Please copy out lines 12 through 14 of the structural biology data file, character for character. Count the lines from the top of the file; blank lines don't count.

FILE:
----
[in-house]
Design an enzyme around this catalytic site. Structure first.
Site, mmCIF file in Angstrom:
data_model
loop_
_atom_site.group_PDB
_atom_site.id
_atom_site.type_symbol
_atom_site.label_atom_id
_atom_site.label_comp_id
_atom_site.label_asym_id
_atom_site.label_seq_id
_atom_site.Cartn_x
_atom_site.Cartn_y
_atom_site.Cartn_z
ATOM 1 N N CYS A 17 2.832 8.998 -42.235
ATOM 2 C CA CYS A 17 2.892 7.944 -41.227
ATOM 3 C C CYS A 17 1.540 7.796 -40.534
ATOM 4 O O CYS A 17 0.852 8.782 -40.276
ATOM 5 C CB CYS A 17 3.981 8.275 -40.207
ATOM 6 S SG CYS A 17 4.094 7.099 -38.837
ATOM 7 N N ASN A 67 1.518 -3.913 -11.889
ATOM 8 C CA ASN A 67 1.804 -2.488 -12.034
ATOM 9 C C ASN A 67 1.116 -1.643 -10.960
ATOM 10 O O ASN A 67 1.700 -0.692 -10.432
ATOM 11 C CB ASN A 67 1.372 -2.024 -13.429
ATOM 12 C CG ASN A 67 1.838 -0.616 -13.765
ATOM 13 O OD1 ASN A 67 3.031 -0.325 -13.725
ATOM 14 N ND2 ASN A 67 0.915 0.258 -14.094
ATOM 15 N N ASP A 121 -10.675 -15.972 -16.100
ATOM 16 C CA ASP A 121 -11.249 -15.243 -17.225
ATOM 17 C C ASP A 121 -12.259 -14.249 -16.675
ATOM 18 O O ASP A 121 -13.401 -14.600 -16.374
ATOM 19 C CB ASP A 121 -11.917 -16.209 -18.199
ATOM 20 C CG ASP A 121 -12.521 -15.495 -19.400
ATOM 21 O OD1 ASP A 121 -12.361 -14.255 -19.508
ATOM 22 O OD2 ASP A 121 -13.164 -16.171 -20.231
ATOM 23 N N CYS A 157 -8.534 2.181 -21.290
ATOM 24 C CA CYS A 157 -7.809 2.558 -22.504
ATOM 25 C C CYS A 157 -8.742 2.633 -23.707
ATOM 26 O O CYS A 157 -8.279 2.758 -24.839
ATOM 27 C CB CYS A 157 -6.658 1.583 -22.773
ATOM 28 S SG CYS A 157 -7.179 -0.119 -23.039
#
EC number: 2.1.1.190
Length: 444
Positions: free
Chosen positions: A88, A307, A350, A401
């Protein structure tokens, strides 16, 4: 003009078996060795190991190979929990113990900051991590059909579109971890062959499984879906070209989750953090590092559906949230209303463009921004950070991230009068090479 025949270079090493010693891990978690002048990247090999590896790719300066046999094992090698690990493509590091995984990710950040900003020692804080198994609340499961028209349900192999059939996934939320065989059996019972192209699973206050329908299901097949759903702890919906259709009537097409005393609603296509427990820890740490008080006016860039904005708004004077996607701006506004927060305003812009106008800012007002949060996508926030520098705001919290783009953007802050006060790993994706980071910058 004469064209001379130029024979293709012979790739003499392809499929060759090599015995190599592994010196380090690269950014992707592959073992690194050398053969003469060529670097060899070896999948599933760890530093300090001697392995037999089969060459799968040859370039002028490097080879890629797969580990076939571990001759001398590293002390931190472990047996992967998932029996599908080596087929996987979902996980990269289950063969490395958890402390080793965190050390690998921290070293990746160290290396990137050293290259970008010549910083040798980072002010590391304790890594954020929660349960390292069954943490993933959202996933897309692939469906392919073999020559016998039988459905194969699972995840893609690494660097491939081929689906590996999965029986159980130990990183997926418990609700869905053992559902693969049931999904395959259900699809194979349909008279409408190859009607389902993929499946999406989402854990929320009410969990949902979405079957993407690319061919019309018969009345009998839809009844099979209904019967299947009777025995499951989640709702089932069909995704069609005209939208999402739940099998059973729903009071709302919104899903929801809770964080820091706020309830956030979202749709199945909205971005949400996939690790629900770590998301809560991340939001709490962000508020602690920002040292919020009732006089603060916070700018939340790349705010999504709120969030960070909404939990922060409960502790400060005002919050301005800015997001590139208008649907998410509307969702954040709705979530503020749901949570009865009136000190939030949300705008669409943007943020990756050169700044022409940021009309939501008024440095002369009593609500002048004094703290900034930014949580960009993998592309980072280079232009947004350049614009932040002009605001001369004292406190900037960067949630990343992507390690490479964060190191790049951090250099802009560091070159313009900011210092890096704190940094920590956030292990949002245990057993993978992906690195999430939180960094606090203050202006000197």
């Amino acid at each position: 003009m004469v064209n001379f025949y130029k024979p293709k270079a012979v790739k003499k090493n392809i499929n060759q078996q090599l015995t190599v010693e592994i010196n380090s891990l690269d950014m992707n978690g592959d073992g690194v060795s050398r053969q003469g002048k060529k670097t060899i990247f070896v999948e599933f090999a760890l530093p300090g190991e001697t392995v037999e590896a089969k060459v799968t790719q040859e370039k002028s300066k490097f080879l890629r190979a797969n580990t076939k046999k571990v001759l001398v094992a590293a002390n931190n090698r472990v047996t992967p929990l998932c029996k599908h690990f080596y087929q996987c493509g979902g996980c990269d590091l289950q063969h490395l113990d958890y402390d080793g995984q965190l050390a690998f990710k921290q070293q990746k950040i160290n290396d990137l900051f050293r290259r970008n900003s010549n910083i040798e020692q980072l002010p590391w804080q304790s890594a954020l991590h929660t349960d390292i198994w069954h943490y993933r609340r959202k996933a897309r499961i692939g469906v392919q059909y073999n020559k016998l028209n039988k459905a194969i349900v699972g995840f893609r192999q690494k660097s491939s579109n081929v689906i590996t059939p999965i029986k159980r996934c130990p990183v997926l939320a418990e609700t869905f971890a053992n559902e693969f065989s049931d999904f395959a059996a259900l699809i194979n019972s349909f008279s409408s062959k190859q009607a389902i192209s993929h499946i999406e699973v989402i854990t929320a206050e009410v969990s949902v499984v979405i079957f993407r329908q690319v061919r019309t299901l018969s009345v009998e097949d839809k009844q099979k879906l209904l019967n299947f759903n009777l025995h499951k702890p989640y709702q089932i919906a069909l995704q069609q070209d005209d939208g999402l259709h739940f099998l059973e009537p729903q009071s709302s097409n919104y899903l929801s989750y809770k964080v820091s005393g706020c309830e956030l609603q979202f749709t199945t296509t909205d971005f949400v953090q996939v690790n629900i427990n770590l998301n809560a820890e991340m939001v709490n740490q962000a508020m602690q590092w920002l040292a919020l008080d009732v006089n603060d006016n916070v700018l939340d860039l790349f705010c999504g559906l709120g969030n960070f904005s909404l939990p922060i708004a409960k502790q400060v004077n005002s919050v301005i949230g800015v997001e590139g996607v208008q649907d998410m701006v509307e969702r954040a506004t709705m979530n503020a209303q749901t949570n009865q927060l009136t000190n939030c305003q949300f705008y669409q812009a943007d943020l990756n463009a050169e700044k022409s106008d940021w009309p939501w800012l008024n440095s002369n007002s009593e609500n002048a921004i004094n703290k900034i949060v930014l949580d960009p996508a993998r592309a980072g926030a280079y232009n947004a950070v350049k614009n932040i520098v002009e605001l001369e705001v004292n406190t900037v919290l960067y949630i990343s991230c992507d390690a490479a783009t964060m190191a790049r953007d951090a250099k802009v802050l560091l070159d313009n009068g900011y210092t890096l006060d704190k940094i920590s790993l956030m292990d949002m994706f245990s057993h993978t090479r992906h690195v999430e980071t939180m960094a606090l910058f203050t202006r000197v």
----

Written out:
_atom_site.label_seq_id
_atom_site.Cartn_x
_atom_site.Cartn_y